"I thought sure enough my time had come, and I tried to summon up courage enough to meet my fate like a man. I don't know how far I would have succeeded in this, for just at this moment an old squaw, who had taken a liking to me in the lodge, rushed through the crowd of painted warriors and began to throw the wood from around me. One of the warriors seized this squaw and put her out of the rank by main force; but she adjusted herself to the cause, and made them a regular speech, during which every now and then turned and pointed at me. I was satisfied that for some cause, I knew not what, the old squaw was doing her best to save me from burning at the stake, and it is hardly necessary to say that I wished her success from the bottom of my heart. The crowd listened to her in silence for some time when some began as I thought to applaud her and others cry out against her; but it seems that she at last brought over the majority to her side where after a great deal of jabbering a number of women rushed in between the warriors and untied me from the stake, and handed me over to the old squaw for safe keeping, and somehow I had understood but little of all that had been said on either side for or against me, I knew that I was saved, at least for the time. I felt as much relieved in my mind as when I drew the white bean at the City of Saltillo. I learned afterwards that the old squaw had lost one of her sons in a fight with some of the neighboring tribes, and that she had set up a claim to me according to Indian customs, in such cases as a substitute."
Afterwards Wallace was treated hospitably. He said:
"I might lengthen out my story a good deal, by telling of all that occurred to me while I was with these Indians-I went with them upon their buffalo hunts, and once upon a foray with them into Mexico, where I acquired a considerable reputation as a promising young warrior in a hard fight we had there with the Mexican Rancheroes, etc."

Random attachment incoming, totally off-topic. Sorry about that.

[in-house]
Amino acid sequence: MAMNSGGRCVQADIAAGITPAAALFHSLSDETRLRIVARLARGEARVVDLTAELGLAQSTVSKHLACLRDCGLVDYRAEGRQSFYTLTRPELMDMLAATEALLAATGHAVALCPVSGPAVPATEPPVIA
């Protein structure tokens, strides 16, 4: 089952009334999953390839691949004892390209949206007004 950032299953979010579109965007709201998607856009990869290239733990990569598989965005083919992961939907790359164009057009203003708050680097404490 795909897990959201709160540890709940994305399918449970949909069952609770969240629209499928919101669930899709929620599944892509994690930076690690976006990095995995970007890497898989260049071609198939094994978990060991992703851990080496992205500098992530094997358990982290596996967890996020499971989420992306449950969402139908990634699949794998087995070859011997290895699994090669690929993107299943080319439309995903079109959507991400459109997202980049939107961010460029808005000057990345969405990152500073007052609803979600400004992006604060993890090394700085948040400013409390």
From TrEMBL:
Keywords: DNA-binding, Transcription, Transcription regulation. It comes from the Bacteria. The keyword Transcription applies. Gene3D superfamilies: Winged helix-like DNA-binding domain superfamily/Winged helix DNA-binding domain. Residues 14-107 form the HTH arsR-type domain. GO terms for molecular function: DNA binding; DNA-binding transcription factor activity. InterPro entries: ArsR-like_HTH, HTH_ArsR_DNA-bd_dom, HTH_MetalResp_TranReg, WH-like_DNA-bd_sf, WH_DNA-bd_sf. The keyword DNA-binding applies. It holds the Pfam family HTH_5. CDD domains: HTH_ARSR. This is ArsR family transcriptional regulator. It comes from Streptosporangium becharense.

The chiefs that captured Wallace and intended to put him to death also took a liking to the white companion and offered his sister to Wallace for a wife.
When Wallace had been with the Indians for about three months, he became despondent and discontented and longed to return to his own people, and this despondency was noticed by the adopted mother and her son, Black Wolf. Black Wolf, who was Wallace's brother by adoption, said to Wallace: "My brother, what is it that makes you so unhappy and discontented, for it seems for some time you have had something on your mind. Has anyone mistreated my brother." "No," said Wallace, "everyone has treated me well, but I tell you frankly my brother, I am anxious to see my own people."
Black Wolf replied:
"I shall be very sorry if you leave us, and so will my old mother, but it is not strange that you should wish to see your own people again and you must go. I will help you all that I can to reach the settlements in safety. "But be careful," Black Wolf said, "not to say a word about this to anybody for if you should attempt to escape and be recaptured nobody could save your life and I should be put to death for having aided you."
After secretly making necessary preparations, Wallace led by Black Foot left the camp on a pretense of hunting bear. But before he left, the old Indian mother presented her adopted son with a necklace made of grizzly bear claws and porcupine quills, and also presented him with a large copper ring to wear in his nose. As they advanced, the faithful dog, Comanche, followed along behind.
On the morning of the second day, Black Wolf traced upon the ground a map of the route Wallace had to follow, and indicated accurately all of the ranges of hills and water courses by which he had to pass. The Indian brother then bade Wallace good-bye, shouldered his gun and took his course back towards the home of the savage mother. In due time Wallace safely reached the settlements, and his faithful dog Comanche remained his loyal companion until he died of old age.
This initial experience of Wallace helped to produce one of the most famous frontiersmen known to the early history of Texas.